Time and Observation

Observation is the ability to distinguish change within a range of greatest and least occurrence of mass, energy, and lifespan.

The observation of events is affected by the relative motions of the observer and the observed.

Relative values for space-time intervals are determined by the observer’s fixed or moving position in relation to the position of the events which are being observed.

Variations in the observation of space-time intervals tend to alter the observer’s awareness of them.

Although distances and times vary for different observers, they form an absolute space- time interval for all observers.

Both the process of observing events and the events themselves have absolute time values.

The observation of events is a result of the function of sensory organs which detect physical events in the outside world, and of the nervous system which transmits sensory information to the brain where it is recorded and processed in various ways.

The rates of reception and transmission in the nervous system produce a time lag which prevents the brain from processing information instantaneously.

The time required to make an observation depends upon the combined rates of reception and transmission in the nervous system, along with the feedback rates governing the processes of the brain.

By processing information which has been recorded in memory, the brain is able to observe the continuity of present events, recognize past events, and predict future events. Future events are predicted by analyzing recurring patterns of information, and forming judgements based on the causal relations which determine those patterns.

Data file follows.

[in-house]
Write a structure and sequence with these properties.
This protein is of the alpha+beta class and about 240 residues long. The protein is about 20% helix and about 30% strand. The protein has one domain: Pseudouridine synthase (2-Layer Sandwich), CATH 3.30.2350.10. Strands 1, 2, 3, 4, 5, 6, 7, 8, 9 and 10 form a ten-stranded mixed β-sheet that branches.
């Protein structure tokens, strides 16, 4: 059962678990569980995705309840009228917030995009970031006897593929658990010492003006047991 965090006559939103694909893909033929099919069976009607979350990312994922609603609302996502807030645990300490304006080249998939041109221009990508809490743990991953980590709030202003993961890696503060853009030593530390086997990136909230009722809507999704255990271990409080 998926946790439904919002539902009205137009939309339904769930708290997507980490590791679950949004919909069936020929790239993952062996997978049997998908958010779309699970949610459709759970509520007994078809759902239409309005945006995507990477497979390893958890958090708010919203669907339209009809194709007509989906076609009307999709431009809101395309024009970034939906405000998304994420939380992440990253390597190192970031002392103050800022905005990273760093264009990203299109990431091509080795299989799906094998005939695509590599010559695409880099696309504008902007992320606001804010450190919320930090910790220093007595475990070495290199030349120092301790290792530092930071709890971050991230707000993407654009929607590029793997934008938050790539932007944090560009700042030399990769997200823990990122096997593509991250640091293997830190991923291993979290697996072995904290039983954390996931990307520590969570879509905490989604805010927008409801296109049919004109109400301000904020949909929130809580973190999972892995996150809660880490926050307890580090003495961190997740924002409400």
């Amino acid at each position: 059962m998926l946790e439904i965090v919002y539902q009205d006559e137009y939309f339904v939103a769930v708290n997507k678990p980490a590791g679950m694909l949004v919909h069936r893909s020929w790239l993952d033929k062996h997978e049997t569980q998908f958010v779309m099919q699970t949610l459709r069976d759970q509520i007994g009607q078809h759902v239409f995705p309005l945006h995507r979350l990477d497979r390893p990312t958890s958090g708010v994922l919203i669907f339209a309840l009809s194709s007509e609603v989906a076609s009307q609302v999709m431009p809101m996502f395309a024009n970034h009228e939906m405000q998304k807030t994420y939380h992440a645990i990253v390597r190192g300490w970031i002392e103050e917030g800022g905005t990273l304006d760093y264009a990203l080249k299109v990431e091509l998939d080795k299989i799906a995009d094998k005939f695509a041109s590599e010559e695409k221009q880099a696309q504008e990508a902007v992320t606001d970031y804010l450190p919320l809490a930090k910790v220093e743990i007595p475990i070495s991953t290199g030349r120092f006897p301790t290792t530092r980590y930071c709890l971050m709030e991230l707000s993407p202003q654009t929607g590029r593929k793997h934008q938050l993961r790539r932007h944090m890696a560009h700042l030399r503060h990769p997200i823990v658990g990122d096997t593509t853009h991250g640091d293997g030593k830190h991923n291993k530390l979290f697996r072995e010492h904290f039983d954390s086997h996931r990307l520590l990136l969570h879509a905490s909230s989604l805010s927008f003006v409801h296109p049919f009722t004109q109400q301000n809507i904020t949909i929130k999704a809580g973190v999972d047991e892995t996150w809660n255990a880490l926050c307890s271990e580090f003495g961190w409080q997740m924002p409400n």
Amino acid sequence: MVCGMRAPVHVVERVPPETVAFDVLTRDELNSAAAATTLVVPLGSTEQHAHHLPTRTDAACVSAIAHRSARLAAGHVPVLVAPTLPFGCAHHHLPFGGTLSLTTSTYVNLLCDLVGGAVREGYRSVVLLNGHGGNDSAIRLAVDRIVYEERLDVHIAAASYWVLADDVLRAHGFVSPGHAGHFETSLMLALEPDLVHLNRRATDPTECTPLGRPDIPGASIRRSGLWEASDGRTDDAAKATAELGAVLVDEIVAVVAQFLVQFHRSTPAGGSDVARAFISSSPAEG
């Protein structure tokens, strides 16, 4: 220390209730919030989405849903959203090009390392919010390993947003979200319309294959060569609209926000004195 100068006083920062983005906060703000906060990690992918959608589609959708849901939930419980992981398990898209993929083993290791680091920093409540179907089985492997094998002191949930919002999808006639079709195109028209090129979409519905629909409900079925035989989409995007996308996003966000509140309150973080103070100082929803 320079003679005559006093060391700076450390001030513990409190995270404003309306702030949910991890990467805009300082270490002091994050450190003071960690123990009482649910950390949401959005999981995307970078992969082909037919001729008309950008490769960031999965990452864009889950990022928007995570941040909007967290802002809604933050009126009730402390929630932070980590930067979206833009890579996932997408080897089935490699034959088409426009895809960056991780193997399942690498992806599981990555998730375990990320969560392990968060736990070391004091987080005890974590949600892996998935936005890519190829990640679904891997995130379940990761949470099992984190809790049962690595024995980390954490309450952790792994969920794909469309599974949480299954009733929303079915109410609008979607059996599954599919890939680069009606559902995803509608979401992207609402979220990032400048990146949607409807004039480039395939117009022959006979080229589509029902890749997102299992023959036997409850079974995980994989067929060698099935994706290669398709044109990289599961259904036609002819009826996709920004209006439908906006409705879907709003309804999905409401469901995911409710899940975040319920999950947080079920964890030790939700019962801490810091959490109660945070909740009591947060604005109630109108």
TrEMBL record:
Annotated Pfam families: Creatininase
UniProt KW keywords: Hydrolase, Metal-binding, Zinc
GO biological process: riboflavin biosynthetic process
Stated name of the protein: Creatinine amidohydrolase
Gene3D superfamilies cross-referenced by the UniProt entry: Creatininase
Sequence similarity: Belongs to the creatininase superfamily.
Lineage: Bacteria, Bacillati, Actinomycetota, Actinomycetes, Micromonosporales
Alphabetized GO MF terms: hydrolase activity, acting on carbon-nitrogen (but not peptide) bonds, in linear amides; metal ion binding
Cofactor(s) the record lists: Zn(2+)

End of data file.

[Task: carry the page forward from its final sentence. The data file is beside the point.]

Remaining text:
The ability to remember or predict events is due both to the causal direction of events in time, and the functions of the brain which process the events.


Time present and time past
Are both perhaps present in time future,
And time future contained in time past.
If all time is eternally present
All time is unredeemable.

Time past and time future
What might have been and what has been
Point to one end, which is always present.

Time past and time future
Allow but a little consciousness.
To be conscious is not to be in time
But only in time can the moment in the rose-garden,
The moment in the arbour where the rain beat,
The moment in the draughty church at smokefall
Be remembered; involved with past and future.
Only through time time is conquered.

Time before and time after
In a dim light: neither daylight
Investing form with lucid stillness
Turning shadow into transient beauty
With slow rotation suggesting permanence . . .

T. S. Eliot